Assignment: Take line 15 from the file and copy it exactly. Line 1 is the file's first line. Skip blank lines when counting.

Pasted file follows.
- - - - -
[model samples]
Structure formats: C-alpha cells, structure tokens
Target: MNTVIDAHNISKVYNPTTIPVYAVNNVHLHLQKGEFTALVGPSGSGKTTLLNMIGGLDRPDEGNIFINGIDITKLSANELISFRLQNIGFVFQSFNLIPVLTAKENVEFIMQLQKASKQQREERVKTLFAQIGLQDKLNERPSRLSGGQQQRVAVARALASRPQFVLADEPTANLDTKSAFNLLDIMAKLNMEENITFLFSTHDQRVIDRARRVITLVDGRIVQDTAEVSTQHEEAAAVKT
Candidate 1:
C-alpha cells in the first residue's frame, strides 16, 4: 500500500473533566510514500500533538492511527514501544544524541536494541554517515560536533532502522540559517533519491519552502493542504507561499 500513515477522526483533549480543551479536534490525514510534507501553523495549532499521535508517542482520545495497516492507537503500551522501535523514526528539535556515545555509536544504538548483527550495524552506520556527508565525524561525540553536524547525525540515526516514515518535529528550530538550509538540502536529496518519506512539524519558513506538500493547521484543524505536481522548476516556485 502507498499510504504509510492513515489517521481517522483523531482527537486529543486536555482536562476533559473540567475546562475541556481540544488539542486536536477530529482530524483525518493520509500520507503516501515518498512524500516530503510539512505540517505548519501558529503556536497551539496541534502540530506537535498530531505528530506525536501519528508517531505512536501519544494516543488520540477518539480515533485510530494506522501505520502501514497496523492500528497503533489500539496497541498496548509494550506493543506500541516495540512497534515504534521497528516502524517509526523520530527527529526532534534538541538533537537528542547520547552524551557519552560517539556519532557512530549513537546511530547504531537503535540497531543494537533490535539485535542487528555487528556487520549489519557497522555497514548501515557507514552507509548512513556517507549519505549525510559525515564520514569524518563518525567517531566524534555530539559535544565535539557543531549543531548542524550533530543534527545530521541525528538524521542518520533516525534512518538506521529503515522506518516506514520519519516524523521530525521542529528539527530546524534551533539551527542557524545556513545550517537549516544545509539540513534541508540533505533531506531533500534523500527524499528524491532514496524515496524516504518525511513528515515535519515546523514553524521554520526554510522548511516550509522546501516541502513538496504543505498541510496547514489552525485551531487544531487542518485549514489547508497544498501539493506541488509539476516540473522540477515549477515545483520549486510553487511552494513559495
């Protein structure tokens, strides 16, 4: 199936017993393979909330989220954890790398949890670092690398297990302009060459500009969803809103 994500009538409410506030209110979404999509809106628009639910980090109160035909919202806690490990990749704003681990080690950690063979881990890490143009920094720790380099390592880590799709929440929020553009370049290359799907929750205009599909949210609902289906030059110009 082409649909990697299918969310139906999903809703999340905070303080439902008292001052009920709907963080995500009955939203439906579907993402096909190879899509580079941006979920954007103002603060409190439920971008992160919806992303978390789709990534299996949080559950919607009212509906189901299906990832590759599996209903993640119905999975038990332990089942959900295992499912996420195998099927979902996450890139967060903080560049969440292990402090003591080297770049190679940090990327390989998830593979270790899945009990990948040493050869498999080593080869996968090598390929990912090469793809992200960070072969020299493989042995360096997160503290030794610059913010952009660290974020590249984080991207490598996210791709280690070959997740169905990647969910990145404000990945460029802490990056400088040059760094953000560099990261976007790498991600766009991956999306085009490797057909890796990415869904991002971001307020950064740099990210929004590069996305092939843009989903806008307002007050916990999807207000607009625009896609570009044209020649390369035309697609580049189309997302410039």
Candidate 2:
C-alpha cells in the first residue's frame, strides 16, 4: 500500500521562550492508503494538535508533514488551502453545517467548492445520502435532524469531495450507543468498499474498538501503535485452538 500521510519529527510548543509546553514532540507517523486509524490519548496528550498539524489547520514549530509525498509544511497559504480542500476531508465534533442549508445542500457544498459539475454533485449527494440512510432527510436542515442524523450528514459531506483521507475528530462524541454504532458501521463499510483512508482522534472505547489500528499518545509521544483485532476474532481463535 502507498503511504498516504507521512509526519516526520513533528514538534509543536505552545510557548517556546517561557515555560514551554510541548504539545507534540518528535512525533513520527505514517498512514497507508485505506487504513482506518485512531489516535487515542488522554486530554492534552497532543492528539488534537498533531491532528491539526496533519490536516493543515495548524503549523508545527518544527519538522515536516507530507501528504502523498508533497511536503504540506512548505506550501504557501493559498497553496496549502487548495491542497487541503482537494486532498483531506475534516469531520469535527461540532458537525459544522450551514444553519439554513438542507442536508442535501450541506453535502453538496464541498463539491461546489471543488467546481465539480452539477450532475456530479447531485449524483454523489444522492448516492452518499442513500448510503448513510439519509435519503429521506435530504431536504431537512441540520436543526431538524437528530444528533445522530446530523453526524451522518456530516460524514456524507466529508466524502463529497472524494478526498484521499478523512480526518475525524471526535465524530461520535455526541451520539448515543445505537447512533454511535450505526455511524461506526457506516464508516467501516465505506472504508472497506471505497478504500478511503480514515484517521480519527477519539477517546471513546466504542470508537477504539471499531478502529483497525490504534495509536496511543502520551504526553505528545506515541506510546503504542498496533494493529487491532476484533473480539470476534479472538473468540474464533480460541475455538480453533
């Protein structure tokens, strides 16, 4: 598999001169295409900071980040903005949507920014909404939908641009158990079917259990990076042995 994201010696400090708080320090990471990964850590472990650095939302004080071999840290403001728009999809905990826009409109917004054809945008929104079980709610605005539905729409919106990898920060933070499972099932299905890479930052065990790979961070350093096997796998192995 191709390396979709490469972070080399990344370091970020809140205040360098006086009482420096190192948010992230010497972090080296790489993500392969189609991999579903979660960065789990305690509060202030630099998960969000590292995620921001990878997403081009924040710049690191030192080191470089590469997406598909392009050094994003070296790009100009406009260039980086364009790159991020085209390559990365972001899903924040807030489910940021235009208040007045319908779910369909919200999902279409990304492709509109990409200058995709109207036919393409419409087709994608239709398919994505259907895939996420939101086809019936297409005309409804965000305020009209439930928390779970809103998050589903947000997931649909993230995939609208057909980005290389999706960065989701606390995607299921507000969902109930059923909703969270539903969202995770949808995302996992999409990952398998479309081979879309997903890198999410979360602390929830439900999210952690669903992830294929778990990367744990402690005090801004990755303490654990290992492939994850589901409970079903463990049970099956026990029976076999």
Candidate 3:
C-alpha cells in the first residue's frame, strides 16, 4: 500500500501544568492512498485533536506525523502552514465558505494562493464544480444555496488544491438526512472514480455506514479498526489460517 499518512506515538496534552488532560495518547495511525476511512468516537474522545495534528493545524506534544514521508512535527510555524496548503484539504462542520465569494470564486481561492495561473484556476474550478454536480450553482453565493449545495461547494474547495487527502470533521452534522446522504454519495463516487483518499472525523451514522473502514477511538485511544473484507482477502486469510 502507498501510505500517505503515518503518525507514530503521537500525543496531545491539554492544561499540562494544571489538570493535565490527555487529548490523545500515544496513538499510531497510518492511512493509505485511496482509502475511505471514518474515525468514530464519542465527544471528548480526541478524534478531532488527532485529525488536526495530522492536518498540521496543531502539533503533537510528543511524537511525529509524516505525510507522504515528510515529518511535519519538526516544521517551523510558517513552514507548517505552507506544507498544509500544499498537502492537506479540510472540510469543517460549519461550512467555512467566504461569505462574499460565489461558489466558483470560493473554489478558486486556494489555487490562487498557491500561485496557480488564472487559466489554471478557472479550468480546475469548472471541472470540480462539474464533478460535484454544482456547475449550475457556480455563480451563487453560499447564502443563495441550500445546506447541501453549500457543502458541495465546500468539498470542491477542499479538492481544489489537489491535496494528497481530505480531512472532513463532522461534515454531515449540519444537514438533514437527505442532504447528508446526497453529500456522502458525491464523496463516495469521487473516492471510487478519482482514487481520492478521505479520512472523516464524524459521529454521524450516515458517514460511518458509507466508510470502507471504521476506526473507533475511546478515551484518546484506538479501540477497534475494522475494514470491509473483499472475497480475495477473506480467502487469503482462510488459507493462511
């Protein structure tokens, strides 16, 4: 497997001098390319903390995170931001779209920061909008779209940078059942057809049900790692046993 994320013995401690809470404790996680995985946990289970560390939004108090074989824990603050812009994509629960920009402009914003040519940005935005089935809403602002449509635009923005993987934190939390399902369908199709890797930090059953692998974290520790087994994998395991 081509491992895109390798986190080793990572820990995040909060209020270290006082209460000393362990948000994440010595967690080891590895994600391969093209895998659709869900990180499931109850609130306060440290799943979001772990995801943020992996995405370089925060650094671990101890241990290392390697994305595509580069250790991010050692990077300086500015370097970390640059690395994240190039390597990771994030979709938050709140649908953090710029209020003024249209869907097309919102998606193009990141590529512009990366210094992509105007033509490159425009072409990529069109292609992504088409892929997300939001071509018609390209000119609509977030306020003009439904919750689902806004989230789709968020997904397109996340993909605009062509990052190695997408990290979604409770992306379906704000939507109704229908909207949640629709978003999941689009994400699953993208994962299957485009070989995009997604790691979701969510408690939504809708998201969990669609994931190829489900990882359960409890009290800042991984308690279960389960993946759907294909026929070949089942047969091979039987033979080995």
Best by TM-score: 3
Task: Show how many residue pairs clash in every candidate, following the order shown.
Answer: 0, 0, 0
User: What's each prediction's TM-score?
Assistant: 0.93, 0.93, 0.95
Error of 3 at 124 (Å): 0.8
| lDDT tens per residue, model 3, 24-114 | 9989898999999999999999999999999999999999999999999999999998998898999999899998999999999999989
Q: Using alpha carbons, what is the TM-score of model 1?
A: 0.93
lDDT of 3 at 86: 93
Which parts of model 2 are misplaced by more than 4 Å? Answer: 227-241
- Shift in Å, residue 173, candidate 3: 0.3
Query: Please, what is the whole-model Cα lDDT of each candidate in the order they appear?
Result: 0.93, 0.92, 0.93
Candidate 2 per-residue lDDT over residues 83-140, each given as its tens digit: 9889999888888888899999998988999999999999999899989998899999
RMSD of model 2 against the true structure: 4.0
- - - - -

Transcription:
Answer: 0, 0, 0